Wednesday, November 26, 2008

Large study reports 2.9% prevalence of severe anal sphincter tears with spontaneous VD

A Norwegian study that set out to analyze the circumstances relating to severe anal sphincter tears during spontaneous vaginal delivery at five hospitals has uncovered some interesting findings.

Firstly, Annelill Valboslash et al's study analyzed midwife-conducted non-operative vaginal deliveries only during a 12-month period..., so arguably, a best practice scenario (according to many natural birth advocates) of birth care.

Secondly, it found that 357 women sustained third and fourth grade anal sphincter tears; that's 2.9% of the 12,438 births analyzed. Remember, this number does not include women who endured less severe anal sphincter tears, which would make the overall risk of anal damage much higher.

Thirdly, the study does not include any anal tears or damage that occurred during instrumental vaginal deliveries. Other studies have documented greater prevalence of anal risk in assisted births, so again, if the outcomes of ALL planned vaginal deliveries were included, the occurrence would have been greater than 2.9%.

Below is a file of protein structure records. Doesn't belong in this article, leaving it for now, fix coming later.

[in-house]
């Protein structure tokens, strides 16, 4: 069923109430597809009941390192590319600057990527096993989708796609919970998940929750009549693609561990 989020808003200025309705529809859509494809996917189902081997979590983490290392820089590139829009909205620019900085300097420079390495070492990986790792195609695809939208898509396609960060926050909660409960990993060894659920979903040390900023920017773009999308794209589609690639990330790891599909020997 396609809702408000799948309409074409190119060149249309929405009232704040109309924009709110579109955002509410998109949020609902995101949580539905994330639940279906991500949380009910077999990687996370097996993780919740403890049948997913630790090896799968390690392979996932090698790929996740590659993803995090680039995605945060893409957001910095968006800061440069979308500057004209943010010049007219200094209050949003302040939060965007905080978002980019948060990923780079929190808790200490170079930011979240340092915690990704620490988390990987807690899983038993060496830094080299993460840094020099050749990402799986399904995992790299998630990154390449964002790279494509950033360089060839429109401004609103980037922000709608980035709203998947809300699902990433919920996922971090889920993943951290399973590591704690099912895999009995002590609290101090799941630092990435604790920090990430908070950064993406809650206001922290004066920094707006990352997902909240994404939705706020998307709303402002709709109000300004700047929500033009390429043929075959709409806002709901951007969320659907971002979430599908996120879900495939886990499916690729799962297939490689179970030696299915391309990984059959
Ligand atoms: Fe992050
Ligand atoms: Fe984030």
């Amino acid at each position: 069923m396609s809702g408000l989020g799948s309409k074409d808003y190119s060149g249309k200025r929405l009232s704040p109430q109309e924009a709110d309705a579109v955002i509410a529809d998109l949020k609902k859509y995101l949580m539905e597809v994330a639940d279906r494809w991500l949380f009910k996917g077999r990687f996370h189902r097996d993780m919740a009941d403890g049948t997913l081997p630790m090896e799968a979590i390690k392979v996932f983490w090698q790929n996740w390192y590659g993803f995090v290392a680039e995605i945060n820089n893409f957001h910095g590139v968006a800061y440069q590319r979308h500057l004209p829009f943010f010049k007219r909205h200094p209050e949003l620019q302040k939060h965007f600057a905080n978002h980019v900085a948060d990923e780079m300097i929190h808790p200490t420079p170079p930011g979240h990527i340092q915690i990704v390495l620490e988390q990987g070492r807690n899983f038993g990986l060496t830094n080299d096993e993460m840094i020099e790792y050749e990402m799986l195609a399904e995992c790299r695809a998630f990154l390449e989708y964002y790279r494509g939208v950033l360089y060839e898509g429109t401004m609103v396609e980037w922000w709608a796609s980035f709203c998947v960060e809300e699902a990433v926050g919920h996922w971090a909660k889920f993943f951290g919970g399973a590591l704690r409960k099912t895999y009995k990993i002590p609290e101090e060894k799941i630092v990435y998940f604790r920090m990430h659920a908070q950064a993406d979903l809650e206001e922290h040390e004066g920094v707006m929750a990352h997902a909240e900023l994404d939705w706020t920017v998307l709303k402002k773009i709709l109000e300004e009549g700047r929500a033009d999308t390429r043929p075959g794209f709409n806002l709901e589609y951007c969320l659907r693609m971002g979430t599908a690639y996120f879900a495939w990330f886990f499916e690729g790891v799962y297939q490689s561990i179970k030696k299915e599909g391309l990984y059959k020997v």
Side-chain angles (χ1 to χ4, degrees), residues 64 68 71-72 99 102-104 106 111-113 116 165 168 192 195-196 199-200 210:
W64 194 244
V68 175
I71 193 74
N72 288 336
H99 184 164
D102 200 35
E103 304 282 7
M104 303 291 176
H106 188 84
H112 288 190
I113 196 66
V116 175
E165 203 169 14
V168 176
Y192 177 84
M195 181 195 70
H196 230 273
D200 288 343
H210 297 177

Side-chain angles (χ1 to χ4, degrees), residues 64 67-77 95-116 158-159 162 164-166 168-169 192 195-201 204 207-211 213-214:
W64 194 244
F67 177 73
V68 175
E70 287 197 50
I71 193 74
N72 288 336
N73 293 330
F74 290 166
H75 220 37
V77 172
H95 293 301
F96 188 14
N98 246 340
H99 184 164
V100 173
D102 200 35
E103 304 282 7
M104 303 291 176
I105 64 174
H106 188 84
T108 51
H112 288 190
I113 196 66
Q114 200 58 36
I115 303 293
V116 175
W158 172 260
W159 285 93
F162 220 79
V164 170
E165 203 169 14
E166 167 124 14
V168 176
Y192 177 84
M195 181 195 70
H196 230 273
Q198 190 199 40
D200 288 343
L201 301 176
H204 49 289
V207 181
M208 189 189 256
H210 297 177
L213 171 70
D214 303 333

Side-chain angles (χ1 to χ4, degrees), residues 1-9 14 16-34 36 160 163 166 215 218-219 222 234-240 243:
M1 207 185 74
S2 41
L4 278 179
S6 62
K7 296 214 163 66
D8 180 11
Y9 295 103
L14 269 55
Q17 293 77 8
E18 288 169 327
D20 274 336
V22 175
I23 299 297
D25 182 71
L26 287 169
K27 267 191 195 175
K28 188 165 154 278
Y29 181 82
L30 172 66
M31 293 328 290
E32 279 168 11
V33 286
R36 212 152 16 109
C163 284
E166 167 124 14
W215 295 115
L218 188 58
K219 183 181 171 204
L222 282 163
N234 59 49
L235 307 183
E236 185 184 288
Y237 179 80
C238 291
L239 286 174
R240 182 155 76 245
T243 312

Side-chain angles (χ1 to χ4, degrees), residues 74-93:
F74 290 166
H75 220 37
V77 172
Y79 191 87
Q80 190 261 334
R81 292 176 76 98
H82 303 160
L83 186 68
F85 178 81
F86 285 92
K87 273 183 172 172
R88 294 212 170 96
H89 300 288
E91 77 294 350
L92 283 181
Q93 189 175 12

What made sphincter damage more/less likely to occur?
The study found that "sphincter tear incidence varied significantly between the five hospitals, from 1.3 to 4.7%", and that the "use of oxytocin in the second phase of labor and of epidural analgesia was significantly more often applied in the hospital with the lowest rate of sphincter tears." So medical intervention in this particular study was associated with better outcomes.

On the other hand, the "midwives' perception of having applied perineal support was not significantly different between the two hospitals with the highest and the lowest incidence of sphincter tear."